Caught-naked burglar sentenced to five years probation
The Duluth burglar who was arrested in the nude after a homeowner caught him in the act and stripped him of his clothes while fighting received a sentence of five years supervised probation Wednesday and was ordered to complete chemical dependency treatment and another rehabilitative program.
Keith Cochise Bellanger, 20, pleaded guilty in St. Louis County District Court earlier this month to a felony count of first-degree burglary. A second felony burglary count was dismissed as part of the plea agreement.
As conditions of his probation, Sixth Judicial District Judge Mark Munger ordered Bellanger to spend six months in the Northeast Regional Corrections Center and then to enter the Teen Challenge program, which focuses on spiritual and emotional wellness and overcoming rebellion and self-destructive behavior.
"Our best wishes would be for him to turn himself around and just go down the straight and narrow,'' said Wayne Boniface, the 69-year-old man who confronted Bellanger in his Observation Hill neighborhood home.
"I just hope all the best for him in that direction. Kathie [Boniface's wife] and I and the judge were willing to give him that chance.''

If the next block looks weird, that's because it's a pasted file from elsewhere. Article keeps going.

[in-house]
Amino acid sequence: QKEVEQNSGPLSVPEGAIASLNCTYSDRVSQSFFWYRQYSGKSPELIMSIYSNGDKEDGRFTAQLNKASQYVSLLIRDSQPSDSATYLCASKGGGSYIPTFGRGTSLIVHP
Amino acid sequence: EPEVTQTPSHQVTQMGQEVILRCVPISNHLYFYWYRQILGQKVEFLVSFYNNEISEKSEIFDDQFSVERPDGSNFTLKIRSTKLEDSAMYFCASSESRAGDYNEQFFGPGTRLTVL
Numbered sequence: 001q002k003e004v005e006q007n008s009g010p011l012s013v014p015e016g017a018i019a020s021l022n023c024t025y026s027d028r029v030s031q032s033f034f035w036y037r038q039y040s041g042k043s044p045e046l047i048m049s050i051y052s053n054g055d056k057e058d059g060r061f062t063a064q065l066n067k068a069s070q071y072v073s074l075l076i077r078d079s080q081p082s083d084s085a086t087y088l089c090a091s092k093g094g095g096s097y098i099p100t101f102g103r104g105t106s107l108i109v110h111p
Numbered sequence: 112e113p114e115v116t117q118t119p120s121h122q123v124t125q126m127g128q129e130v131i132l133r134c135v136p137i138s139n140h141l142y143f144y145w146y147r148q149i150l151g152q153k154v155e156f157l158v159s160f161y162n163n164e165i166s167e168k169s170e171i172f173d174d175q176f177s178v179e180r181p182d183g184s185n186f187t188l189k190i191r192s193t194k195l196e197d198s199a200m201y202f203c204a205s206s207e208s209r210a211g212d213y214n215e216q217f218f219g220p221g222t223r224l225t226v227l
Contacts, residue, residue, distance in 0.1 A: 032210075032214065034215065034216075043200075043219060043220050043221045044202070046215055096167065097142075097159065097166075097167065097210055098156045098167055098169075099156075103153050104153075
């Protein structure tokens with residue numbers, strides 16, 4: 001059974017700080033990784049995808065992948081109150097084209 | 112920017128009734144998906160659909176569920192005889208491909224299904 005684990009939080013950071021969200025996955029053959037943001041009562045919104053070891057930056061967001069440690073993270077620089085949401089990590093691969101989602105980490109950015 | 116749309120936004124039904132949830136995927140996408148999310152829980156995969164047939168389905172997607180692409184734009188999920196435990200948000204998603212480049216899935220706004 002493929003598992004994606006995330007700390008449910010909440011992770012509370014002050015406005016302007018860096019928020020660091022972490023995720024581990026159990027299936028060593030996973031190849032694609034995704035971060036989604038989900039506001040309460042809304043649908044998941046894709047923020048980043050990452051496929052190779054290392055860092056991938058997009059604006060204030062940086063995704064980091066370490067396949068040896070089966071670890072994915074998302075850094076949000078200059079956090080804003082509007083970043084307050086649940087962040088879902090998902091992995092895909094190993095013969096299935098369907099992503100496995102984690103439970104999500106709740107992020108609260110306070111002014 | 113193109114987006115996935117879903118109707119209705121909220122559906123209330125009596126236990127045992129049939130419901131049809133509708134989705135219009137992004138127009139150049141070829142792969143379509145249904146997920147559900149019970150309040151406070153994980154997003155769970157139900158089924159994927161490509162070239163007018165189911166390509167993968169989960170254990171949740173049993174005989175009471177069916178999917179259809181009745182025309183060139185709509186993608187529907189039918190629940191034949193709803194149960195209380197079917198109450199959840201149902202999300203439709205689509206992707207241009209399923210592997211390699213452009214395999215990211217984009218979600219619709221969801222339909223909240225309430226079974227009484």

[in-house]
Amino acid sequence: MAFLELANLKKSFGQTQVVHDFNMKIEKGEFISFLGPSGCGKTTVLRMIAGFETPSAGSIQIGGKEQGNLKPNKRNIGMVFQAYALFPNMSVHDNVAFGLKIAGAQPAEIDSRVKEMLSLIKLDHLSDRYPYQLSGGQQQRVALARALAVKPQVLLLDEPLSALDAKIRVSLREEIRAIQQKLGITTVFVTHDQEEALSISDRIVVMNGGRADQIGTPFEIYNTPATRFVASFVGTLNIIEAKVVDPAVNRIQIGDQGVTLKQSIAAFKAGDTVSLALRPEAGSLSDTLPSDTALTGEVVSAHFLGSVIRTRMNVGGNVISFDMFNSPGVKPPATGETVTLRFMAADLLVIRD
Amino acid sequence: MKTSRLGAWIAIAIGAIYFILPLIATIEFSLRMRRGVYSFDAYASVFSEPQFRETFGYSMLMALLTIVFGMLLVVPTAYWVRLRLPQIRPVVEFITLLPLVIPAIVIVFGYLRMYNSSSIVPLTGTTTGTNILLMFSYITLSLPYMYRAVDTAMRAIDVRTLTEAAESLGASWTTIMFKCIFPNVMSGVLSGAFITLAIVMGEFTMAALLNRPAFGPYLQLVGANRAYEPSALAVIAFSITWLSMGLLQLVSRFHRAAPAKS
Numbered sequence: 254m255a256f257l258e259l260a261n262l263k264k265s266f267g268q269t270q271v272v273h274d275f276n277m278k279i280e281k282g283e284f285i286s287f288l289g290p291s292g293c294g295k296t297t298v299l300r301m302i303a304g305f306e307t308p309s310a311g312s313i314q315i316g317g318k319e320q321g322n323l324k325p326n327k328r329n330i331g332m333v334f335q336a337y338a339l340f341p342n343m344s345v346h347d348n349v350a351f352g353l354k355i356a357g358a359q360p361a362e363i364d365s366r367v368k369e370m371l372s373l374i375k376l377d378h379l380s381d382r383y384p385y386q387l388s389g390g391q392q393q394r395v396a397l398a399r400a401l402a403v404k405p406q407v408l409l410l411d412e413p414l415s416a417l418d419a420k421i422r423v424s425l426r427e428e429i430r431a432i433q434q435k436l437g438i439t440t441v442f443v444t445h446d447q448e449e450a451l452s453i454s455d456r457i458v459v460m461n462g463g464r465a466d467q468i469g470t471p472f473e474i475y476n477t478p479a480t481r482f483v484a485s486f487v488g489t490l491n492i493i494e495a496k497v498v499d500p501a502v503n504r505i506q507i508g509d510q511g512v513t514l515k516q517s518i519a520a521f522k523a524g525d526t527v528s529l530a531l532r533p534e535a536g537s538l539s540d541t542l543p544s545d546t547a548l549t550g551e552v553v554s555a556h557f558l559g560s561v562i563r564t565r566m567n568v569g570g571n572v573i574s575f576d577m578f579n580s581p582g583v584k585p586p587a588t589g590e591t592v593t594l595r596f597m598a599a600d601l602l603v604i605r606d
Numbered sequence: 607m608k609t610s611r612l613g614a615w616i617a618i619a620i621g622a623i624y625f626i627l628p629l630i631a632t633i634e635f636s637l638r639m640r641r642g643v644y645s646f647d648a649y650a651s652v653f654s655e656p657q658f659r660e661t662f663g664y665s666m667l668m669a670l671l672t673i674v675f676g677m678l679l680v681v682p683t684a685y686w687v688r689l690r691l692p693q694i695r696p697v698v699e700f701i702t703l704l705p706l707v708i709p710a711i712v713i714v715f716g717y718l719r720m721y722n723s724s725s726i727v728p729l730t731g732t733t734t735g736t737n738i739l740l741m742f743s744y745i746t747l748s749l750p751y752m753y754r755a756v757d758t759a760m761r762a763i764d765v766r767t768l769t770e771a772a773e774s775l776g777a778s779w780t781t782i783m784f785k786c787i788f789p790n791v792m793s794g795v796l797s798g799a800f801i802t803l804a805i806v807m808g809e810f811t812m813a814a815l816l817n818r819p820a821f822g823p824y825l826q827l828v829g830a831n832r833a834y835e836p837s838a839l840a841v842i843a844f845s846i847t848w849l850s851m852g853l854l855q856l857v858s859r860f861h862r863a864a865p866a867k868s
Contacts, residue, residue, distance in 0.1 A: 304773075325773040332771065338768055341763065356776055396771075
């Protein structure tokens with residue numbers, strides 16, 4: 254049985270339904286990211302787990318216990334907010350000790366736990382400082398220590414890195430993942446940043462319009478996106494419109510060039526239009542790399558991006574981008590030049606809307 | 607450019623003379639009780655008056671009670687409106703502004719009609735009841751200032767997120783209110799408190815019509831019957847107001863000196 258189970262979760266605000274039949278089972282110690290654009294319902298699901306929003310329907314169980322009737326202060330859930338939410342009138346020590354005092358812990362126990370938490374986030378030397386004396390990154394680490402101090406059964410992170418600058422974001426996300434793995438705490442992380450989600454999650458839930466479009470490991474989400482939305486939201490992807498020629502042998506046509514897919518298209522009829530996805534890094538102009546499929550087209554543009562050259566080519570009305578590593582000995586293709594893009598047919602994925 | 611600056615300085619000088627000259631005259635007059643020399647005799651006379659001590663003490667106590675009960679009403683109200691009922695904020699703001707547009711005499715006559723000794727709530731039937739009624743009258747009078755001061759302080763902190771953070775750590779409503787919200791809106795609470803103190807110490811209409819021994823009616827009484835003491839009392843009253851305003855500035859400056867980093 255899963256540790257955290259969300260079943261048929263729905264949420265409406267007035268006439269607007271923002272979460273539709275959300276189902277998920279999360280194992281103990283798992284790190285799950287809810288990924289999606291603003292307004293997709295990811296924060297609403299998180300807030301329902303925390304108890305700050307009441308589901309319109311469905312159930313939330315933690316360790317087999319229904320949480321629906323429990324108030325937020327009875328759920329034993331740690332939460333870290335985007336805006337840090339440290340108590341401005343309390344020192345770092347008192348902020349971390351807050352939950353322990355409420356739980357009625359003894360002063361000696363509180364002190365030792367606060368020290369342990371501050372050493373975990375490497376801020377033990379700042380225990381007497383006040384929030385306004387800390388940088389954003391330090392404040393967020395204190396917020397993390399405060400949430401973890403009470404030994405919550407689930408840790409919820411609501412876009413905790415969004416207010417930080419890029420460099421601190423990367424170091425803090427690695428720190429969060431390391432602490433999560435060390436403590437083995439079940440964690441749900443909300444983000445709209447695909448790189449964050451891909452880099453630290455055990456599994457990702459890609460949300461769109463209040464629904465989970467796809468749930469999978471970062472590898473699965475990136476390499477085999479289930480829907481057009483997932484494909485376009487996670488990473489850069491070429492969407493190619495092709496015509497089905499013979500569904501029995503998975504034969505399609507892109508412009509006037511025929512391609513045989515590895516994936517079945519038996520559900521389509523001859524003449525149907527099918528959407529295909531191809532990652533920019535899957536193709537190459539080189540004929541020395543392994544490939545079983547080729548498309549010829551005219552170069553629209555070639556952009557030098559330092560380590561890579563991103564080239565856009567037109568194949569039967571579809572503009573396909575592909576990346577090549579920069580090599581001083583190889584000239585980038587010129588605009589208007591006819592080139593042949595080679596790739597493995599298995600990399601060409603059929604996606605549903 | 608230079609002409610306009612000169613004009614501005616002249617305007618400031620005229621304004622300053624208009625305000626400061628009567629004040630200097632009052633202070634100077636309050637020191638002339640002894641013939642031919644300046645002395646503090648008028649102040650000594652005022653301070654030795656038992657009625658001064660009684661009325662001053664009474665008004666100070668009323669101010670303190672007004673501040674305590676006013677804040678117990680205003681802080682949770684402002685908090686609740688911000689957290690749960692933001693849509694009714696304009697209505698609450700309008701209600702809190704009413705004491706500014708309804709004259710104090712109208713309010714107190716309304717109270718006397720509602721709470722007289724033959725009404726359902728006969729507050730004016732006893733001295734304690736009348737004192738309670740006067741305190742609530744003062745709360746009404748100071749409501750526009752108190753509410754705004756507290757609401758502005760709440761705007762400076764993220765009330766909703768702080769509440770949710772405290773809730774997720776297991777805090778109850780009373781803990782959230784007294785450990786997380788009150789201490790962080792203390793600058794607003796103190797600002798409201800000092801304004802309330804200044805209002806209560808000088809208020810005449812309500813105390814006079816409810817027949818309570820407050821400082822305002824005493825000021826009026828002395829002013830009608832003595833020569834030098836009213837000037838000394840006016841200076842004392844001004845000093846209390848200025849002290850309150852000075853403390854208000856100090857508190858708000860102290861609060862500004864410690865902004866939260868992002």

A 68-month prison sentence was stayed and Bellanger was given credit for the 258 days he has spent in jail.
The Bonifaces returned from dinner at a neighbor's home shortly after 8 p.m. on Sept. 6 to find Bellanger in their house. Kathie Boniface asked the burglar who he was.
"I'm with the FBI and you are blowing my cover,' the burglar said.
When Wayne Boniface got done with the intruder, he had no cover.
After a more than five-minute scuffle with Wayne Boniface, Bellanger lost all his clothes and ran out of the West Ninth Street home nude.
Bellanger had a blood-alcohol content of .22 -- almost three times the legal limit for driving -- when he was arrested by Duluth police.
During Bellanger's five-year probation he is ordered to abstain from the use of alcohol and nonprescribed drugs, and he's subject to random testing to detect drug or alcohol use.
He must also remain law abiding. He was given credit for time served for several unrelated misdemeanor convictions for which he was also sentenced on Wednesday.
The burglary received media attention throughout the land.
Wayne Boniface estimated that he did 15 or 16 interviews with talk radio stations throughout the United States and Canada after the News Tribune reported his confrontation with the home burglar.
Boniface said he was initially able to find some humor in the situation, but the incident has caused some lingering concern.
"Our bedroom used to be in the front and our guest room in the back,'' he said. "Now we have moved to the back because the slamming of car doors and horns wake us up. It bothers us. We're not frightened, but concerned. He did take a sense of security away from us. He tried to rob us of our possessions, but he robbed us of our freedom and lack of worry.''
Boniface said Bellanger told him and his wife that he had tried five or six times to write a letter of apology to them but that he didn't know what to say.
"His problem is alcohol or drugs,'' Boniface said. "He's getting one last chance and that is acceptable to us.''